Suzuki et al. (Cell Reports, 2017): ER Stress Protein CHOP Mediates Insulin Resistance by Modulating Adipose Tissue Macrophage Polarity. Haven’t read, but potentially relevant.

Signalling:

Barilari et al. (The EMBO Journal, 2017): ZRF1 is a novel S6 kinase substrate that drives the senescence programme. Decent paper and relevant for understanding the signalling mechanisms underlying oncogene-induced senescence (OIS); the protective mechanisms employed by cells against malignant transformation in response to hyperactivation of growth pathways such as PI3K/AKT. Hyperactivation of mTOR in vivo and in vitro leads to senescence in the absence of concomitant p53 mutations. This group demonstrates that the increase in p16 (cell cycle inhibitor involved in triggering OIS) is dependent on ZRF1  phosphorylation by S6K.

In the context of oncogene-induced senescence, it is interesting to note a Previews article in Cell Stem Cell covering a publication from last week that demonstrates an intricate link between senescence and cellular plasticity, whereby senescence-induced secretory factors trigger dedifferentiation in neighbouring cells – in a physiological context, this would enhance tissue regeneration, but it is easy to envisage how such a mechanism can be hijacked in cancer. Preview details: Taguchi & Yamada (Cell Stem Cell, 2017): Unveiling the role of senescence-induced cellular plasticity. Another paper that deals with this topic, published earlier this year: Ritschka et al. The senescence-associated secretory phenotype induces cellular plasticity and tissue regeneration (Genes & Development 2017).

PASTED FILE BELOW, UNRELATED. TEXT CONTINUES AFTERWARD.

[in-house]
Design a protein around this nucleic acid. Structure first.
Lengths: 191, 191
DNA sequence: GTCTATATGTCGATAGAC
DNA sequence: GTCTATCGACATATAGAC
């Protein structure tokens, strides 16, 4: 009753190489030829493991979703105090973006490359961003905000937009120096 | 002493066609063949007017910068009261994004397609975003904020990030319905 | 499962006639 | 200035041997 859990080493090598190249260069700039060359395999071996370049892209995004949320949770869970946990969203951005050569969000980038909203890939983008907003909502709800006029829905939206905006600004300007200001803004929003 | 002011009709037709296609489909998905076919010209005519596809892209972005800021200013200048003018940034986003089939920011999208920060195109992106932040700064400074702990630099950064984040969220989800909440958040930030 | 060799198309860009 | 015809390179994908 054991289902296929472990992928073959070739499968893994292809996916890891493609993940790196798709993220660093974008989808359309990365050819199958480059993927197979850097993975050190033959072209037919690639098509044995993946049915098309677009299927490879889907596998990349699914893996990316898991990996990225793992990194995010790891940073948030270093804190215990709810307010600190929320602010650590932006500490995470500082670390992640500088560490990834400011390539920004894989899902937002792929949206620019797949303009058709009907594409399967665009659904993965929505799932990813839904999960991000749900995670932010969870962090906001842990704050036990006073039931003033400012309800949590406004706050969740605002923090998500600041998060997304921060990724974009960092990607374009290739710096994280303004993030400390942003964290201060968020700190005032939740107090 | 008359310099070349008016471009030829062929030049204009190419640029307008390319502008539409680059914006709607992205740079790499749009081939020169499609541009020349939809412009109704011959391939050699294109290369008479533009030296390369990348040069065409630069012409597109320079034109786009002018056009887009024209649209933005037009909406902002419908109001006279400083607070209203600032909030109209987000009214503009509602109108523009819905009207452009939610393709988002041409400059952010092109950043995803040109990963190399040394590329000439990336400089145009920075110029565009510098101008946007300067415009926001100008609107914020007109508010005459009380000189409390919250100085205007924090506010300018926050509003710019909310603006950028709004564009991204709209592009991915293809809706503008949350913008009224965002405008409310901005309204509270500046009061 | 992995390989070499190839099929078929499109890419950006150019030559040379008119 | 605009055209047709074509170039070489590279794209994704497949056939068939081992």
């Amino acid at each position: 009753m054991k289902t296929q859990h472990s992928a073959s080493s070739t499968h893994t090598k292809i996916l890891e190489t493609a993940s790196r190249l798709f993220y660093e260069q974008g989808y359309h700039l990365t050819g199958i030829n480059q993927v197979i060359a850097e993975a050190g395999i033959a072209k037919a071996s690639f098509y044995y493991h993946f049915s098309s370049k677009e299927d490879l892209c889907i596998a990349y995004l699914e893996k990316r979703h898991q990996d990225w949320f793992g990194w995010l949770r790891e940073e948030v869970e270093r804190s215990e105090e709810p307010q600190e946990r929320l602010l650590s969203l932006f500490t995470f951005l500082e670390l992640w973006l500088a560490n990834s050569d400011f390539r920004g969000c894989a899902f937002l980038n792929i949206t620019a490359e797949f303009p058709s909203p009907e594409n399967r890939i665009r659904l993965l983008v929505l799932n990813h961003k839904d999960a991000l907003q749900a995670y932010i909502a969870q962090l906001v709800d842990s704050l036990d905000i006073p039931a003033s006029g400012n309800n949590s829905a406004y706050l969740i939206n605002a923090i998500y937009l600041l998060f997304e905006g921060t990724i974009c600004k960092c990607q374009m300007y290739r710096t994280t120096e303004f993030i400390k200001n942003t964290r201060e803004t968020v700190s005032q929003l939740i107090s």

Mitochondrial homeostasis in adipose tissue remodelling (Svetlana Altshuler-Keylin and Shingo Kajimura): pertinent review given the need for research into the relationship between mitophagy and energy metabolism. The authors outline the balance between mitochondrial generation and degradation (via global autophagy or selective autophagy, i.e. mitophagy). Mitochondrial damage = major physiological trigger for mitophagy. Such mechanisms are important in mitochondria-enriched cells, incl. brown and beige adipocytes. Mitophagy occurs through two different mechanisms: adapter-mediated (ubiquitin-dependent) and adapter-independent (ubiquitin-independent). The review highlights the need for controlled Cre line usage to elucidate the role of autophagy/mitophagy in defined cell types, such as preadipocytes and differentiated adipocytes. Previous genetic autophagy-deficient animal models have yielded inconsistent results due to use of multiple Cre lines with temporal differences in induction and affected cell type. Physiologically, autophagy regulation is tightly coupled to nutrient sensing via mTOR signalling. Another physiologically relevant pathway: PKA downstream of beta3-AR signalling, which is a known mediator of beige adipocyte biogenesis in response to cold exposure. PKA directly phosphorylates mTOR and its binding partner RAPTOR, activating the complex and thereby promoting autophagy inhibition. Mitophagy has to be activated when during beige-to-white adipocyte conversion. Mechanism under investigation. Dysregulation in obesity and metabolic diseases; autophagy blocks beige adipocyte development. Mitochondria are also critically important in the pancreas – for glucose-stimulated insulin secretion; on the other hand, autophagy maintains β-cell homeostasis by removing damaged mitochondria and/or ER. Autophagy is also important in liver metabolic control – here it prevents diet-induced liver steatosis. The review ends by listing methodologies that can be used for detecting mitophagy in adipocytes.

Other bits and pieces: 

GuideScan – new software to design single and paired CRISPR guide RNAs (Perez et al. Nature Biotechnology 2017)

Highly efficient RNA-guided base editing in mouse embryos (Kim et al. Nature Biotechnology 2017)